By Tony Wittkowski | Business Reporter | The Herald-Palladium
ST. JOSEPH — Another trustee is leaving the St. Joseph Board of Education.
Corey Carolla resigned Tuesday after notifying the board of his decision. According to a district press release, Carolla resigned because he accepted a position that will take him and his family out of the area.
“It is with great regret that I will not be a part of this amazing team any longer,” Carolla stated in the release. “I will truly miss the professionalism, leadership and commitment to the district by my fellow board members, the administration, staff, parents and the students.”
According to Herald-Palladium archives, Carolla was elected to the board in November 2014 to take the seat vacated by Bill Chickering, who ran for a spot on the Berrien County Board of Commissioners.
At the time he was elected, Carolla was the senior director of business and community development for Kinexus – having been with the work force development agency since February 2012.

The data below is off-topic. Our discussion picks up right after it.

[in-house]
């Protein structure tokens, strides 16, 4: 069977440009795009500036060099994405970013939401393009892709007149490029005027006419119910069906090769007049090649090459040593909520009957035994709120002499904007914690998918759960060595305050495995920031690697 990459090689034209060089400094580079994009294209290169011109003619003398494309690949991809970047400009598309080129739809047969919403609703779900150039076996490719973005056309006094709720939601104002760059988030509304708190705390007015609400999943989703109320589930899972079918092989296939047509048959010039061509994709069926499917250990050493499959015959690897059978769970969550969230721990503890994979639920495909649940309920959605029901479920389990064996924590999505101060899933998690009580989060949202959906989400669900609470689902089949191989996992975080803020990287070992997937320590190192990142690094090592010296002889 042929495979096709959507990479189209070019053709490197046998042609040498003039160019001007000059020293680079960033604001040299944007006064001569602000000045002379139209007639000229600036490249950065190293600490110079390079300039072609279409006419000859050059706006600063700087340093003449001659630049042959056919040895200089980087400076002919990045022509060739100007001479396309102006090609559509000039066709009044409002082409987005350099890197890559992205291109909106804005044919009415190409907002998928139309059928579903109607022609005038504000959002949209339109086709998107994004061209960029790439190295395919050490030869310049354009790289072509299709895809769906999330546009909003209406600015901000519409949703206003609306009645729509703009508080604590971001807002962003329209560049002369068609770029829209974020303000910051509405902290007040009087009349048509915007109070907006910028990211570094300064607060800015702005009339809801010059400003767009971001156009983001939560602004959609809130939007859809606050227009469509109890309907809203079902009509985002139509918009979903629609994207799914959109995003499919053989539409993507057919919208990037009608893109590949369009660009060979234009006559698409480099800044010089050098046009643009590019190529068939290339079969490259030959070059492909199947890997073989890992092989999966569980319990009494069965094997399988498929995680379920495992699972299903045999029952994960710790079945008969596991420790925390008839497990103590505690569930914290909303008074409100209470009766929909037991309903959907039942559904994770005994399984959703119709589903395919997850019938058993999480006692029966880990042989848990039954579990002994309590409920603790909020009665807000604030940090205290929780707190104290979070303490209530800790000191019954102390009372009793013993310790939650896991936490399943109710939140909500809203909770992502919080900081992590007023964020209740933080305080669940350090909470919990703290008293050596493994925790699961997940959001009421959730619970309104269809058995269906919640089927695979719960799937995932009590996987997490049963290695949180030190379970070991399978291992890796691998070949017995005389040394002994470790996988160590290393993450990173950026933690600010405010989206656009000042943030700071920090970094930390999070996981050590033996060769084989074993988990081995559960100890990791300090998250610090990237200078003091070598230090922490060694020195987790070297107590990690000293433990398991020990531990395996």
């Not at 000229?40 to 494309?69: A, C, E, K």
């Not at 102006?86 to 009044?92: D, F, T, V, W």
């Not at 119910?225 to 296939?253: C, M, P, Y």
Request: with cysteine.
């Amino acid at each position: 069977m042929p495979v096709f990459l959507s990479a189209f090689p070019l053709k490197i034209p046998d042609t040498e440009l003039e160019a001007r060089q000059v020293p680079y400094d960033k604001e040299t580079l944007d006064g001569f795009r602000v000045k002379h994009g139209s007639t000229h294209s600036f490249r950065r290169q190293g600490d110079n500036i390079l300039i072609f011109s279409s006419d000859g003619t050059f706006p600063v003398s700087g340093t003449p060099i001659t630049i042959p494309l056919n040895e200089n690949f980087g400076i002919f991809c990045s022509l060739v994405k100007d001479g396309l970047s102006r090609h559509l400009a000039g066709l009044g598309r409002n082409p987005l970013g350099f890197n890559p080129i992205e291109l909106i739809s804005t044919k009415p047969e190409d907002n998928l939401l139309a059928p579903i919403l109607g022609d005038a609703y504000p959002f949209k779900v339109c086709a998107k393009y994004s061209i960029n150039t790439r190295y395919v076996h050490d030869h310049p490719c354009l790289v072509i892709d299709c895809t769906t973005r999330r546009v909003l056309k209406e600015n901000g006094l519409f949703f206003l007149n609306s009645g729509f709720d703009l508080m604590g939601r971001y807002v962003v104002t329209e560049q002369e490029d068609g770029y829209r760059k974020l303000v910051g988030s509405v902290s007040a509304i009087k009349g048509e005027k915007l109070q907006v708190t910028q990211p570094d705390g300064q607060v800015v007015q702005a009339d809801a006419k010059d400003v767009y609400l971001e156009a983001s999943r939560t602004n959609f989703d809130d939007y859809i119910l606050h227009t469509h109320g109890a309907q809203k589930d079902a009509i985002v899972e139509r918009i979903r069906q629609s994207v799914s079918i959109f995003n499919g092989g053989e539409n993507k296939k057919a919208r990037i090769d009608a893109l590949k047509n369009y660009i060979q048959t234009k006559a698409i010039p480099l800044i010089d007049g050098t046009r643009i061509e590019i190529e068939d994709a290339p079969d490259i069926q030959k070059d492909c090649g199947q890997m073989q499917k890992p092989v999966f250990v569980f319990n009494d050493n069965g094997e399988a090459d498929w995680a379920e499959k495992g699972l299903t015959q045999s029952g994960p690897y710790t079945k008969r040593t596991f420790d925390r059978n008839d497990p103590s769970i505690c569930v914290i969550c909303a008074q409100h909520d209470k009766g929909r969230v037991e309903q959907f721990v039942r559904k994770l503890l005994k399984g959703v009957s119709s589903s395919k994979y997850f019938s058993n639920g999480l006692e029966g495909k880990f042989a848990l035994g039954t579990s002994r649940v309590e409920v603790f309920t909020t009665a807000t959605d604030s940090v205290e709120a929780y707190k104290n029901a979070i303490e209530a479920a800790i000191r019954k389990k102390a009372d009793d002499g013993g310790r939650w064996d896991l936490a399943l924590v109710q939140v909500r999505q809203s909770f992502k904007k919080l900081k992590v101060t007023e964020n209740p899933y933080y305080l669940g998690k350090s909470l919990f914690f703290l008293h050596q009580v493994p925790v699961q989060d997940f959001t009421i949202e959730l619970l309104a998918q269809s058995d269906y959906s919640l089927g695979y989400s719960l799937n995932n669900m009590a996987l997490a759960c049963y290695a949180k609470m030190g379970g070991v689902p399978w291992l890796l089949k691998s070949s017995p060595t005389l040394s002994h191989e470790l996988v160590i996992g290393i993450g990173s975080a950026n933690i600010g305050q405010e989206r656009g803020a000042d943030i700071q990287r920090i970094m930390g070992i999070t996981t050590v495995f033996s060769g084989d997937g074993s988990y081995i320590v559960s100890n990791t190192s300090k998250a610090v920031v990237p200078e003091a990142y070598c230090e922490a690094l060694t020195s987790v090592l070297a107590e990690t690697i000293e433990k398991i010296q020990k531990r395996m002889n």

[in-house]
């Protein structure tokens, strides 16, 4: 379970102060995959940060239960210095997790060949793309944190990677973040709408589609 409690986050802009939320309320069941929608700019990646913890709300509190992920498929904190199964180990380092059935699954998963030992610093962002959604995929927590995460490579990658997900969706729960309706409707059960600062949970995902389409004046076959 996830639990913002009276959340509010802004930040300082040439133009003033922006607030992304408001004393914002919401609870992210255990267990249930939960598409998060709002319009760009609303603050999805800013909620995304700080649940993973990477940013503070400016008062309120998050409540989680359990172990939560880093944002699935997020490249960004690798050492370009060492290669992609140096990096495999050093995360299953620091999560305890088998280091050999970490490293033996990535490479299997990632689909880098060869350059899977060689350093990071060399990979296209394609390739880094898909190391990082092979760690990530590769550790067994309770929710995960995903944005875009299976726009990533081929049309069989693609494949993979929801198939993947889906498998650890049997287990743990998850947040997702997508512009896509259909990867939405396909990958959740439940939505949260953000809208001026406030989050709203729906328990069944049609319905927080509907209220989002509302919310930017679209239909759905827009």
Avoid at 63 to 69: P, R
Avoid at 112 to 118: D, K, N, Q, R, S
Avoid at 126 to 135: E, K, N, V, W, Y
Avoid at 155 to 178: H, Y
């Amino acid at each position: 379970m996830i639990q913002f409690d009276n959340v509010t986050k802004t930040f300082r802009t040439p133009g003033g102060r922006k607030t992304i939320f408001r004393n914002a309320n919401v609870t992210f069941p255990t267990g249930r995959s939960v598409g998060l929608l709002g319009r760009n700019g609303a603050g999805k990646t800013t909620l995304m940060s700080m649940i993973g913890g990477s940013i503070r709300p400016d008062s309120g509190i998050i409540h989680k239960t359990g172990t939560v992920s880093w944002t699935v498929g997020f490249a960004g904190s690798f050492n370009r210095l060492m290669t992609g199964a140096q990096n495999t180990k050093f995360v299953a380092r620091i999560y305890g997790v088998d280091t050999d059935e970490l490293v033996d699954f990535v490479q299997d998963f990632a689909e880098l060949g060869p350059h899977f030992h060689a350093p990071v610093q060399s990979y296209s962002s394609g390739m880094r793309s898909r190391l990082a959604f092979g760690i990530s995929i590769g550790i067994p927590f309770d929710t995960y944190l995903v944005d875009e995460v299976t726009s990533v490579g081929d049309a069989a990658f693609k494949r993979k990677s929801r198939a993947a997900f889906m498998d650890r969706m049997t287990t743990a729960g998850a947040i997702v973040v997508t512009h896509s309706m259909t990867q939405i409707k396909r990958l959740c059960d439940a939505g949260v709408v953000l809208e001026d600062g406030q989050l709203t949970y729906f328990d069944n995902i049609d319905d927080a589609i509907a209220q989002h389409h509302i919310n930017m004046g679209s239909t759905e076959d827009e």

Superintendent Ann Cardon and Board President Amy Porritt-Peirce released joint statements in response to Carolla’s decision.
“I am sad to see Corey leave the Board of Education,” Cardon wrote. “We wish Corey great success in his new endeavors.”
Porritt-Peirce added, “We are sorry to see Corey leave the Board of Education and our community. We appreciated his insights on public education and wish him and his family the very best.”
Carolla’s term would have expired in 2018.
Finding another trustee
The board still has several applications from the last vacancy in January from when Tamara Patrick resigned as the board’s vice president. Cardon said they planned to refer to those applications to fill the current vacancy.
Like Carolla, Patrick also accepted a job that required her to move out of the area.
Instead of holding formal interviews like the board did with the previous vacancy, Cardon said trustees are reaching out to the potential applicants because the position would only be held until the November election.
The person appointed to Carolla’s seat will have the opportunity to apply for an open seat in the November election. Since Patrick’s replacement, Barry Conybeare, was named to the board in February, there are now two two-year positions and one six-year position up for a vote on the November ballot.
Cardon said the board wants to have the new board member sworn in at the April 11 board meeting.
There will be no April 4 study session, as it coincides with the district’s spring break.